When he was director of Historic Deerfield in Western Massachusetts, Donald Friary visited many cities here and abroad, but he never traveled America's back roads.
While planning his early retirement, Friary, 62, now Deerfield's emeritus director, senior research fellow, and consultant, decided to take his first road trip, one that would focus on history and culture. Alone in his '94 Saab, Friary logged 14,127 miles from April 1 to June 13. His wife, Grace Friary, director of public relations at Historic Deerfield, flew in to join him for the two lectures he gave during the trip.
``My basic intent was to go to places I'd always wanted to visit but had never been. For example, Cape Hatteras or Key West,'' Friary said. ``I grew up when Truman was president, and he was always going to Key West. I'd never been to Cajun country in Louisiana. And I'd always wanted go to Deerfield Township,'' he said of the area so named by Deerfield, Mass., descendants.
In 1854, the Ashley family left Massachusetts for Iowa and settled Deerfield Township there. Coincidentally, the Friarys recently moved into a wing of the Ashley House in Historic Deerfield.
Friary realized his route would be more of a perimeter tour than a cross-country trip. ``I did an itinerary, which turned out to be 22 pages.''
He was often hosted by friends or family, but also enjoyed his hotel stays. ``Those gave me a break to write in my journal and catch up on things.''
One highlight was seeing 18 former students from the summer fellowship program he first came to Deerfield to run, in 1965. ``One student was a man I hadn't seen since he was a fellow 26 years ago. He's now director of a museum in Wisconsin.''
Friary started his travels after a lecture in Boston, driving down the East Coast. Stops included the Outer Banks in North Carolina, the Florida Keys, and back up along the West Coast of Florida to the Cajun country of St. Martinsville, La., where the Acadians went after being deported from Nova Scotia.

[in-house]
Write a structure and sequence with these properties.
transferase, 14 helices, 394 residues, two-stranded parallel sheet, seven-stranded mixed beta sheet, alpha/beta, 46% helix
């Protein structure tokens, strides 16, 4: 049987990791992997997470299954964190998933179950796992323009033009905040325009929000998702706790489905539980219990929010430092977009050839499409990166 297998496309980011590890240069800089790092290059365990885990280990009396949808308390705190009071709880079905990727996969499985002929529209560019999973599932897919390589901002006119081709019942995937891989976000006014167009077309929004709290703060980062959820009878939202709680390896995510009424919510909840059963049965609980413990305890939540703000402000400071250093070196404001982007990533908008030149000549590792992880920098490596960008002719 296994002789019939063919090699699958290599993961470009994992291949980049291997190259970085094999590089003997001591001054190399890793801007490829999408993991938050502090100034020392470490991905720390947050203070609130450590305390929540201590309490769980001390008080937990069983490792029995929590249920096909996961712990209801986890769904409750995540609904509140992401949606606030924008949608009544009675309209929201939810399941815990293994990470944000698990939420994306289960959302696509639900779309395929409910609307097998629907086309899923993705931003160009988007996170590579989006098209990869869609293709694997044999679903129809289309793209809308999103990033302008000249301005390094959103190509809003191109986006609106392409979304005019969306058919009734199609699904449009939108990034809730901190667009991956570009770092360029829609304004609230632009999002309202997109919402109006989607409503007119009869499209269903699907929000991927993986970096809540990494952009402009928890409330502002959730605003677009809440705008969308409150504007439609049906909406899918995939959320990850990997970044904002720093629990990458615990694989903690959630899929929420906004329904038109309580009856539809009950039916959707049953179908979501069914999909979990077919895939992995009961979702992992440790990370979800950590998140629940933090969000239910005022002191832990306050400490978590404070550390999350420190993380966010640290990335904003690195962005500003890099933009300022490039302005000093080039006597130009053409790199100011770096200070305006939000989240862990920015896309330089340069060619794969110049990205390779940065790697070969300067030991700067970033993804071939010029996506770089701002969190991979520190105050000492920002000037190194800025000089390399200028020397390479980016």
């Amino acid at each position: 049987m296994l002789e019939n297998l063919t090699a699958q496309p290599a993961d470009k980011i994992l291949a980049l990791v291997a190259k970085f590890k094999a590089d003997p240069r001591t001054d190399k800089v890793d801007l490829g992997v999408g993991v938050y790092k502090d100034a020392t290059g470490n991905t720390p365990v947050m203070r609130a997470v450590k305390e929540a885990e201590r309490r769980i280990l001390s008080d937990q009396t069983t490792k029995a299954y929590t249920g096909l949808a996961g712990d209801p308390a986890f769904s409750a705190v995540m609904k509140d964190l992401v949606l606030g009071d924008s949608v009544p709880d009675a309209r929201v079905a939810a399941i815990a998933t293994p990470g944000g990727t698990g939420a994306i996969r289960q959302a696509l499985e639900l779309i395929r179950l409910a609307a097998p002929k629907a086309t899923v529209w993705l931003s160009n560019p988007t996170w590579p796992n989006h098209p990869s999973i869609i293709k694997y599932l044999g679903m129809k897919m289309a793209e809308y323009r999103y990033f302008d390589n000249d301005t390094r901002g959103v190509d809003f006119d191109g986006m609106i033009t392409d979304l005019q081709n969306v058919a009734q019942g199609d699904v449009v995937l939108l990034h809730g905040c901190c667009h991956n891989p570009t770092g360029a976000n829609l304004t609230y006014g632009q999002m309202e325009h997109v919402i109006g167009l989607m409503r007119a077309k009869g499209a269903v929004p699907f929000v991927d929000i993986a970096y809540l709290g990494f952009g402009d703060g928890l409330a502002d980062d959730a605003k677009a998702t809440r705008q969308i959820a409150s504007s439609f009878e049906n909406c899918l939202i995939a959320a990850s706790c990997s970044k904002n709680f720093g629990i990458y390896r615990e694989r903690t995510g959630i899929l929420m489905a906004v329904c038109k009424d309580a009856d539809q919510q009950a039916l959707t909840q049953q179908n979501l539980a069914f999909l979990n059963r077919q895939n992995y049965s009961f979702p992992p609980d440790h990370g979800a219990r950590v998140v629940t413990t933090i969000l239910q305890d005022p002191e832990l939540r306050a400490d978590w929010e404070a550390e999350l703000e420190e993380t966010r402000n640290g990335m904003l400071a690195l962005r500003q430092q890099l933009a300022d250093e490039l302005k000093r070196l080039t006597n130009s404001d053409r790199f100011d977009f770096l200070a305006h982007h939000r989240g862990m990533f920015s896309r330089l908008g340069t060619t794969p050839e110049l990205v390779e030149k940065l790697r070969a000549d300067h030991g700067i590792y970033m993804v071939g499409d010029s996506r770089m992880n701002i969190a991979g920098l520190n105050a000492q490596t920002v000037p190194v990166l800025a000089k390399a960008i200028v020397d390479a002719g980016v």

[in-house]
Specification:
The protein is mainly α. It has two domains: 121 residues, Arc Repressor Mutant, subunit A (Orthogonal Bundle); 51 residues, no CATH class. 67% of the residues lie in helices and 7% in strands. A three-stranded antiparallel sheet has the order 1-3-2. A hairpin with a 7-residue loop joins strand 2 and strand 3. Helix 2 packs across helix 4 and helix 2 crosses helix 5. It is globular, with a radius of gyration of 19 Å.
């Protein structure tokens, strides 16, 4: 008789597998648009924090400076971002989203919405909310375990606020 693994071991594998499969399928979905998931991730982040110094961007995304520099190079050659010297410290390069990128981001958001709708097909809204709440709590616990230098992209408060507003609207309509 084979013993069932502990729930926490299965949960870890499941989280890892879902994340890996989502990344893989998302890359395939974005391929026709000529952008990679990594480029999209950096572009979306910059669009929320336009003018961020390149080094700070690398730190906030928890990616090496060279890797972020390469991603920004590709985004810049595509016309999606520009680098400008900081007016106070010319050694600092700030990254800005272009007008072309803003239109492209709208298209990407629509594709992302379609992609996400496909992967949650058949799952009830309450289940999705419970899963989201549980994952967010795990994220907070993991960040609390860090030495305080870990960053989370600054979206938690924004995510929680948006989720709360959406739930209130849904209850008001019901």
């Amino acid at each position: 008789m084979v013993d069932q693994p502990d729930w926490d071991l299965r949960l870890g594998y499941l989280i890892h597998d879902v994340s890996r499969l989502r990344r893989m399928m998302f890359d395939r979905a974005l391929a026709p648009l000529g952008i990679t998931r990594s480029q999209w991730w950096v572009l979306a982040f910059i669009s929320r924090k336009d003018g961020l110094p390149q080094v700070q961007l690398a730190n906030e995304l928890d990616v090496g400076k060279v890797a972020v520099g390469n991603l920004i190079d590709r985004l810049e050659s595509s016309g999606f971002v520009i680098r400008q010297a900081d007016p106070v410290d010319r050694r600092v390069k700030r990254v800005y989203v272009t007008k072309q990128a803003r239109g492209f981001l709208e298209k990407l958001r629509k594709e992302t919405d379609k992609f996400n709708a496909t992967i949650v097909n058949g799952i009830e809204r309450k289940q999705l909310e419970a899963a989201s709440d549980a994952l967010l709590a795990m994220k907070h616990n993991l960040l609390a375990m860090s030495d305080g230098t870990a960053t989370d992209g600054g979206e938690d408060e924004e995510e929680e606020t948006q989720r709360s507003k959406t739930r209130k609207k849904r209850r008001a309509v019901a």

Friary enjoyed his first trip to the Southwest and plans to return with his wife. ``I liked New Mexico and Arizona enormously.'' He visited a cousin in tiny Florence, Mont., and stayed at a ranch in Wyoming.
In Tulsa, Okla., he visited the Gilcrease Museum. ``I'd known about it since I was in college. It's a fine collection of American paintings.''
In California, he stopped at the J. Paul Getty Museum and the Autry Museum of Western Heritage. Farther north, he toured the Columbia River Maritime Museum in Astoria, Ore., and, many miles later, could not pass up the Corn Palace in Mitchell, S.D. His one night of luxury was at the Grand Hotel on Mackinac Island in Upper Peninsula, Mich.
In Tucson, Friary stayed with one of his students from 30 years ago who arranged for him to have a private tour of San Xavier del Bac Mission, ``a great white church in the desert, '' dating to 1797.
Another mission that impressed him greatly was the 1854 Coeur d'Alene in northern Idaho. ``It really is a stunning sight, as one emerges from the wilderness on I-90, to find a little Baroque facade all alone on a mountainside in the Rockies.''
Iowa held special surprises. After visiting a former student who works at the Vesterheim Norwegian-American Museum in Decorah, Friary stumbled upon Spillville, where Antonin Dvorak spent the summer in 1893. And then there was Deerfield Township, where he visited the Ashley descendants.
``They're very much Iowa farmers. Lovely people. There's no town, just a township and farms. The church is not in use any longer.''
Friary is pondering what, if anything, to write about his drive around America. It did reveal to him that ``every locality in the United States has an identity, something with which the people of the locality identify. And in almost all cases that is something historic.''
Send suggestions to email@example.com.